The RNC: What Is Not Said Says More

TAMPA, FLA   The Nedelman Report

Governor Chris Christie at the RNC (Would you buy a used car from this man?) (Photo Credit: A/P J. Scott Applwhite)

It was keynote speaker time at the Republican National Convention last night and Chris Christie, New Jersey’s what a mafia don should look like governor, gave a rousing portrayal of Mitt Romney as a man to be respected by voters, but not loved, and definitely not feared, a sign of respect Governor Christie reserves only for President Obama.

Exuding the megalomaniac persona of a drug kingpin ordering a hit on a competitor, Christie exhorted his virtues to the malleable RNC crowd, whipping them into a frenzy of saccharine-laced patriotism by elaborating a recurring and meaningless Republican platitude:

“We are beginning to do what is right … to make our country great again.”

A smidgeon of what Christie left unsaid was:

“What makes this country really great is the top 100 hugely profitable US corporations pay virtually no taxes. Is that great or what! Mitt Romney, our nominee, managed to scam $100,000,000 into a personal IRA account by laying off workers and never paying taxes on any of it. And the highest tax rates of Wall Street hedge fund managers making millions are limited to 15%. Like me, Mitt Romney really understands how to stick it to middle class and break it off. That’s what makes this country great!”

Mitt Romney responded to questions on the issue laying off workers during his Bain Capital years in order to boost the prices of valuable stock he put into his pension accounts at near zero valuation:

“The real reason I liked to fire workers is that I personally profited from each firing in an amount, on average, equal to their annual salary. If I could fire a $60,000 per year worker, that was $60,000 into my pocket.”

The personal profit accruing to Romney by firing workers resulted from two sources – watch the ball, here – 1) temporarily inflated values on personally held stock Romney acquired in the “restructuring” of companies, and 2) huge fees made possible by the cost savings of exporting jobs. Romney defends firing the workers based on fairness:

“I treated the workers as I would myself: none of us had to pay much in taxes after I fired them.  That’s as fair as I l know how to make it.”

Ann Romney, wife of the Mitt, attempted to woo the women’s vote by schmaltzily telling “Mitt stories” at the convention,

“I know this good and decent man for what he is — warm and loving and patient,” she said. “Mitt didn’t even get mad at our dog after he threw up after Mitt tied his cage to the roof of the car for eight hours. All you working moms out there, also remember that Mitt bought me a dressage horse I entered into the London Olympics.

These comments brought the one hundred or so independently wealthy Republican women cheering to their feet. Emboldened, Ann Romney pressed her luck:

Mitt likes Mormon nostalgia for the past, so I really don’t mind wearing wigs and pretending I’m a different hotty wife a lot of the time. Our five children were all conceived by fictitious mothers, but worthwhile all the same. Yes, I know people say Mitt has more social and political positions than the Kama Sutra, but Mittsky is a true conservative at heart. All of our children were conceived using Mitt’s tried and true basic Mormon missionary position while wearing special Mormon underwear…  kinda like those goofy boys dressed like Italian waiters that come to your door to lay a Jesus trip on you, only horizontal and much less animated.”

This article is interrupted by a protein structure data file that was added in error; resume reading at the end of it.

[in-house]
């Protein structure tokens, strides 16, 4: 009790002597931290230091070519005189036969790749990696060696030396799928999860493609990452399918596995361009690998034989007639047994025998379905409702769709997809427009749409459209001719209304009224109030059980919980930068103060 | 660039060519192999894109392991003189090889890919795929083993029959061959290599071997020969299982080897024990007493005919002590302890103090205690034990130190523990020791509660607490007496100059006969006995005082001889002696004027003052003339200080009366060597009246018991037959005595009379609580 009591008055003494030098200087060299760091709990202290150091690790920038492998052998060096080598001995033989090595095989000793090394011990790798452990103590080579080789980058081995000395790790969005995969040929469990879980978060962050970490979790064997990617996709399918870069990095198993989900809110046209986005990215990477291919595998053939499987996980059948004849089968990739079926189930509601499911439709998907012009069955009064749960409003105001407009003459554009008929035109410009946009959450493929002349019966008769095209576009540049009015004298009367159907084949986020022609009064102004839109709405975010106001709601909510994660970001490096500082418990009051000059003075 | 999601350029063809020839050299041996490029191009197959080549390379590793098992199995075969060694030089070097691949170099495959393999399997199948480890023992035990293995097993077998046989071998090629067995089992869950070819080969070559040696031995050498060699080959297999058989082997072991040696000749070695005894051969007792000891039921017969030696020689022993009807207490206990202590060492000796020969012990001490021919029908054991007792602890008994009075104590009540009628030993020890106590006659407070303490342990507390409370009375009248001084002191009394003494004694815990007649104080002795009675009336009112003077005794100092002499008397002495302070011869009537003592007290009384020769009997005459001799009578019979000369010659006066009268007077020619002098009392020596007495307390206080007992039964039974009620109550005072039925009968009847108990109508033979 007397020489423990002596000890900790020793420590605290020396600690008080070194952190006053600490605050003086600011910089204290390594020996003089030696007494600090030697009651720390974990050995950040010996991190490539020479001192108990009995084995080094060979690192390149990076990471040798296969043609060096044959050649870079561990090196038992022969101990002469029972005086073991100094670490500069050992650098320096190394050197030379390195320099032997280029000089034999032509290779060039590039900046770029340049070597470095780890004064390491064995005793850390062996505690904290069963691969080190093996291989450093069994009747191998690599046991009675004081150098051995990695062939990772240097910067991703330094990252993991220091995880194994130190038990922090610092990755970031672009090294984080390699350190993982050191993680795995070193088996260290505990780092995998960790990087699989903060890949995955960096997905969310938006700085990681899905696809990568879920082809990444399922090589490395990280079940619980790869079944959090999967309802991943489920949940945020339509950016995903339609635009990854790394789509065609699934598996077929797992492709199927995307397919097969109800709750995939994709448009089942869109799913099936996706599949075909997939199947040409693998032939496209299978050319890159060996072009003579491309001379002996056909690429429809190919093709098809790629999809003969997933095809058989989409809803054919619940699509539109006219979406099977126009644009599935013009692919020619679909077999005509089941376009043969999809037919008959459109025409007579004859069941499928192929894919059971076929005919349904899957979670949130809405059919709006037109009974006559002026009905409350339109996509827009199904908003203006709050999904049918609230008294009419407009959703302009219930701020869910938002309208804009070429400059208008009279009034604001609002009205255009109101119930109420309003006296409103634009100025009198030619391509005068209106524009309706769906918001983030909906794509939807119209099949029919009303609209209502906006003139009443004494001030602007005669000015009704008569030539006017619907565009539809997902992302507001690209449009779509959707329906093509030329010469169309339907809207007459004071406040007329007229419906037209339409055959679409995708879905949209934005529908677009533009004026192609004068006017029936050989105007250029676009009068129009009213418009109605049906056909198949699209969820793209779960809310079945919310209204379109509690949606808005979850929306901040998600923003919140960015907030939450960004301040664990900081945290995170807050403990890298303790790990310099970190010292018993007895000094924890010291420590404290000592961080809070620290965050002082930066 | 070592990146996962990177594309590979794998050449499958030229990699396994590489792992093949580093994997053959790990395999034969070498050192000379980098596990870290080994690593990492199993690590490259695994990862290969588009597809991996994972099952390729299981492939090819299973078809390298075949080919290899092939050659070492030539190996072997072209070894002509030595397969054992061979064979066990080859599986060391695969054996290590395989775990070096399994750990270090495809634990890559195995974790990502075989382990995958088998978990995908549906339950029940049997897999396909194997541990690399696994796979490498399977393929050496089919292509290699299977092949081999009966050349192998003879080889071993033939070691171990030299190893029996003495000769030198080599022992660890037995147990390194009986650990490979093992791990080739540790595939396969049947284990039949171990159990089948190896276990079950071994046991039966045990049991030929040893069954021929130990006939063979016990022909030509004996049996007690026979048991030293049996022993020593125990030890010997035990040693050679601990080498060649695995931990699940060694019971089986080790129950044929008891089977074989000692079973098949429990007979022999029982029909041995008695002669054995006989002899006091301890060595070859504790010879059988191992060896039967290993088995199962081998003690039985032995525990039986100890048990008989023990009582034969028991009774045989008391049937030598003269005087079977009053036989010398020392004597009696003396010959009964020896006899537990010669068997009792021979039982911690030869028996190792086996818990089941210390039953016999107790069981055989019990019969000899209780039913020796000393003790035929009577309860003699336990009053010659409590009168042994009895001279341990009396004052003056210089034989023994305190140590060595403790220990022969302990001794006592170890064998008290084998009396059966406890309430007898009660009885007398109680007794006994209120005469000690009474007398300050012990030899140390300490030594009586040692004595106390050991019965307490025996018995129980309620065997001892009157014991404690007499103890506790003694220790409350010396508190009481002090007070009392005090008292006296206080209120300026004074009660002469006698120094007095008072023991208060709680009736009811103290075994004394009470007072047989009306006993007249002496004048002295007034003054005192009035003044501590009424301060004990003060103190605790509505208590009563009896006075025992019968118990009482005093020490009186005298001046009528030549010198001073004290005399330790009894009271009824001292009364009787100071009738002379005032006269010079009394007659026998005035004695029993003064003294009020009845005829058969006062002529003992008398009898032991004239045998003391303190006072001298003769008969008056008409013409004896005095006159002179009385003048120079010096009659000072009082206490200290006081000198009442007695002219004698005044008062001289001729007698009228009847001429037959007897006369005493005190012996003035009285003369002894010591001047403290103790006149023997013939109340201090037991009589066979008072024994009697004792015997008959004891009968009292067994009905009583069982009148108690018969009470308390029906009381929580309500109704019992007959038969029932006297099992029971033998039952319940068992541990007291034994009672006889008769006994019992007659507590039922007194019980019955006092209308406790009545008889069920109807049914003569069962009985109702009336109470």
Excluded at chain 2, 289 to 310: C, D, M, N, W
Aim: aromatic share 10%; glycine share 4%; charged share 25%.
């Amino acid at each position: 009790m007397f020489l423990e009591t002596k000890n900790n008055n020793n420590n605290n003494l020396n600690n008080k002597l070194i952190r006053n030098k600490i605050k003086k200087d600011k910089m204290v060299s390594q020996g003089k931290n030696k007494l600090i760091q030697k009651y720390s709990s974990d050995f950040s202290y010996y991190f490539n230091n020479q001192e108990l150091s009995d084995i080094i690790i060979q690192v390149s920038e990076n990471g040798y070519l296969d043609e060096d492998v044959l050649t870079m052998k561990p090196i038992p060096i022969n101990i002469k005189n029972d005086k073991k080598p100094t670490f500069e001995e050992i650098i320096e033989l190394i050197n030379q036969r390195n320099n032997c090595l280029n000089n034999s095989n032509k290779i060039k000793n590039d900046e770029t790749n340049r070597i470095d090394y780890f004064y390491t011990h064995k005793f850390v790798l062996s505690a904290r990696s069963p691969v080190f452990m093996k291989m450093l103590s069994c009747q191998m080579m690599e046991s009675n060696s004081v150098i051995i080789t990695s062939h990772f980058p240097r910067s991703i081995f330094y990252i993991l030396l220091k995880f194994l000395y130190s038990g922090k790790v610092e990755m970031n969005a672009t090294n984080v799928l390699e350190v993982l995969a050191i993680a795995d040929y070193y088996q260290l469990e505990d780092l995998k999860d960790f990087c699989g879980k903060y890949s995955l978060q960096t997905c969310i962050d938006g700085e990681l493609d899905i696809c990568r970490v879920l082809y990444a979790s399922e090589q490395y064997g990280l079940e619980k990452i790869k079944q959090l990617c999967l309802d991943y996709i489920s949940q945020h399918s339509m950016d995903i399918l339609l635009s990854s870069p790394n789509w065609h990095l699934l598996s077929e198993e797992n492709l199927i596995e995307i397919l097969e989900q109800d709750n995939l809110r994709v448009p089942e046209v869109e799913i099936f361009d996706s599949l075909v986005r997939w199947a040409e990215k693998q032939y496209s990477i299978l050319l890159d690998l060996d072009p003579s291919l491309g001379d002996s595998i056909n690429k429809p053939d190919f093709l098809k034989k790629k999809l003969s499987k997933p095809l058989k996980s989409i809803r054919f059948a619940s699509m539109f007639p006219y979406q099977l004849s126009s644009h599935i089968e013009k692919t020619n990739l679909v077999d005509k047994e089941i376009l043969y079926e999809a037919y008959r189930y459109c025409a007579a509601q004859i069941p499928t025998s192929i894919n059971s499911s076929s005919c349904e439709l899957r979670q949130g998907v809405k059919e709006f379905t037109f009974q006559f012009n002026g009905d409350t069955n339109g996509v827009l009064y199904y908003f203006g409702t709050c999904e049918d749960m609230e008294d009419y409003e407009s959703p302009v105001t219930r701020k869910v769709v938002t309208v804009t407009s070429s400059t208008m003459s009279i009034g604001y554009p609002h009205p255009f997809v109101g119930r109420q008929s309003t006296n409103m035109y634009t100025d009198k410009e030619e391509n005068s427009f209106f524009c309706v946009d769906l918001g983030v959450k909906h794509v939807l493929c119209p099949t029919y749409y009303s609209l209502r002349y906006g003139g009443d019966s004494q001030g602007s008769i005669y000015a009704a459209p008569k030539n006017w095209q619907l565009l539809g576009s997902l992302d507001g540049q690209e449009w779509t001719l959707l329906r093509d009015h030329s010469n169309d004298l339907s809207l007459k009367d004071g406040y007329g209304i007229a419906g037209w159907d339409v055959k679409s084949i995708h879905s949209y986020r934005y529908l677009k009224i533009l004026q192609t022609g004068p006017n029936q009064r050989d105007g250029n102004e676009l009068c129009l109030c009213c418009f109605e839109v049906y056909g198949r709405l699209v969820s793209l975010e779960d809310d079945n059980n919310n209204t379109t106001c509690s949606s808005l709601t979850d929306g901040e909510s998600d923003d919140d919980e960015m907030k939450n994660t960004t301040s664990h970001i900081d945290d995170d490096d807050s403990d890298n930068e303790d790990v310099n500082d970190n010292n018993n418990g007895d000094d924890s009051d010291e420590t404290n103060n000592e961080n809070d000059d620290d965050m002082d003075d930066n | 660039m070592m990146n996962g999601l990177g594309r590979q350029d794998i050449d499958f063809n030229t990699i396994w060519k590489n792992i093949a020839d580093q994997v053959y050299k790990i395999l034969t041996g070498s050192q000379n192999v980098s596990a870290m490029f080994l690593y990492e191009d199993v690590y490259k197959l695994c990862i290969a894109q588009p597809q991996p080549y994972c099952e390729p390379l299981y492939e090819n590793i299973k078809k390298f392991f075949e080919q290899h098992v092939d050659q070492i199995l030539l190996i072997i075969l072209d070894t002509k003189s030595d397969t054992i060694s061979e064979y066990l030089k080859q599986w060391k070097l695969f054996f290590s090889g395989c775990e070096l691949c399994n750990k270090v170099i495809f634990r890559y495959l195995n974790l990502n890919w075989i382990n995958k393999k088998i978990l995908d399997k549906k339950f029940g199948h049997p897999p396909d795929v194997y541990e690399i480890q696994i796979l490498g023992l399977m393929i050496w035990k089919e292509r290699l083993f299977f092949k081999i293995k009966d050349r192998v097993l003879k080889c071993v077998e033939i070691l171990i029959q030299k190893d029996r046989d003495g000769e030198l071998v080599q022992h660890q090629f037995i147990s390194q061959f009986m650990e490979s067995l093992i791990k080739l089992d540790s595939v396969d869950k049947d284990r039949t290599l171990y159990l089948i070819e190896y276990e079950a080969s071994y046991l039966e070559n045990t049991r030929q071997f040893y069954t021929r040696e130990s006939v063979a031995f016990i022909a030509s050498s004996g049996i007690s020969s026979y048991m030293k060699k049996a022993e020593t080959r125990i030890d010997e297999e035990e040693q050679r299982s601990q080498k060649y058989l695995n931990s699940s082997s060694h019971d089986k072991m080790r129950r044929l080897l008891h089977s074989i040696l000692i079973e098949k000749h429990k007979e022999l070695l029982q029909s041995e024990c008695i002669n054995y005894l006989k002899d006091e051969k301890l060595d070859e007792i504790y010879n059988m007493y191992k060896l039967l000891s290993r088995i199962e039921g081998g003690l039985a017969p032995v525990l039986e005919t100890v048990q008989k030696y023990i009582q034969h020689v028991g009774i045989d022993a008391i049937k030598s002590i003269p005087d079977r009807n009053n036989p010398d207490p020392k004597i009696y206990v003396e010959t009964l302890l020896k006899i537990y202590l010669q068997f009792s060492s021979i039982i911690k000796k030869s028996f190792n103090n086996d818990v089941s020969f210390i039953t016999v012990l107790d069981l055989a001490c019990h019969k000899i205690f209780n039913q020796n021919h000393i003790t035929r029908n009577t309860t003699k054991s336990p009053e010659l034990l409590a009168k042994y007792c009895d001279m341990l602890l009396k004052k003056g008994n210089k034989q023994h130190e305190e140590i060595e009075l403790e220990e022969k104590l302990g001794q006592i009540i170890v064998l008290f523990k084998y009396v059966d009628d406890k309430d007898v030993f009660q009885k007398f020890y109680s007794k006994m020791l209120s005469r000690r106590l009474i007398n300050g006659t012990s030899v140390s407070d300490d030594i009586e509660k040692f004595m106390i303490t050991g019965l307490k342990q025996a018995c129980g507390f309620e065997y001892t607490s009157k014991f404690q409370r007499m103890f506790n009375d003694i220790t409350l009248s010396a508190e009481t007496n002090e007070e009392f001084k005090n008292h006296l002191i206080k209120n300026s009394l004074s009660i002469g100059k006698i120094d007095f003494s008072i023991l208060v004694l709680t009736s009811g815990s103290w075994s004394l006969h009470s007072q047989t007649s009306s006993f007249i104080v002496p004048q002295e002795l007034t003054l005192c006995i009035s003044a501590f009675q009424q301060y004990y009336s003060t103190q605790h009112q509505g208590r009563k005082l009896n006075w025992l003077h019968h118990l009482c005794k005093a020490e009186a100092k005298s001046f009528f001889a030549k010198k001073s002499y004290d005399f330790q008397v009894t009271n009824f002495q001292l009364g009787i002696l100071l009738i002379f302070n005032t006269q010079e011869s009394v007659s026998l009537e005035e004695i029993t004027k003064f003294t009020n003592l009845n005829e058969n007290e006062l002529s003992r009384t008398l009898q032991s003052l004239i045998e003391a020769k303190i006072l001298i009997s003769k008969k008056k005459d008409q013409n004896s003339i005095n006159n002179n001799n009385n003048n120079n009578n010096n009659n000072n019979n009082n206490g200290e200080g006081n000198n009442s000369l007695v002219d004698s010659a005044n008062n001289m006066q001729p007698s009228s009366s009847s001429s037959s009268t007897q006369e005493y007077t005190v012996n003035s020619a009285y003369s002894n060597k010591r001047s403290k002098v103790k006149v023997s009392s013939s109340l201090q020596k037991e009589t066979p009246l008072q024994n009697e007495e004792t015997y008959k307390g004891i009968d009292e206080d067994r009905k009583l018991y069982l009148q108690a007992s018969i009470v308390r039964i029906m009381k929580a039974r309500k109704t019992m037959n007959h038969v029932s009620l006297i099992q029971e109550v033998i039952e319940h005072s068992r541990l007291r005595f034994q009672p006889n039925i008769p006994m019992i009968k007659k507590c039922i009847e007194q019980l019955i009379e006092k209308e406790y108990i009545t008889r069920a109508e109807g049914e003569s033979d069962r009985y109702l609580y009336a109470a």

In an effort to show the colorful off-white world that the Republican Party is an inclusive party for everyone, the RNC set aside a painfully transparent extended period only for non-white speakers. Unfortunately, a black, female camera operator was racially taunted and pelted with peanuts from RNC convention delegates (unfortunately, the Nedelman Report is not making this part up), and told, ‘This is how we feed animals.’”

The Nedelman Report finds the proposals and attitudes espoused at this Republican National Convention to have evolved to be even more objectively surreal and more socially Darwinian than those positions taken at the RNC that nominated George W. Bush of Texas, who was asked not to attend this RNC.


  1. Mark Nedelman says:

    President Obama and the Democratic Party harp about tax fairness. Here’s my fairness question to you: What standard of fairness dictates that the top 10 percent of income earners pay 71 percent of the federal income tax burden while 47 percent of Americans pay absolutely nothing?

    • Bart Nedelman says:

      Mark: you gotta hit for a more balanced answer. Believing right-wing rags or taking seriously buffoons with intellectually craptastic agendas, like a Rush Limbaugh, will turn your brain cells into cerebral ka-ka. states the following:
      The Congressional Budget Office found that earners in the lowest quintile, where most of those with no income tax liability fall, shouldered 4.3 percent of the payroll tax burden in 2005 and 11.1 percent of the excise taxes. Their effective tax rate (which is calculated by dividing taxes paid by total income) in those categories, according to the CBO, was in fact significantly higher than the rate of the top quintile, although that top one-fifth of the population had a much higher effective tax rate for individual and corporate income taxes.

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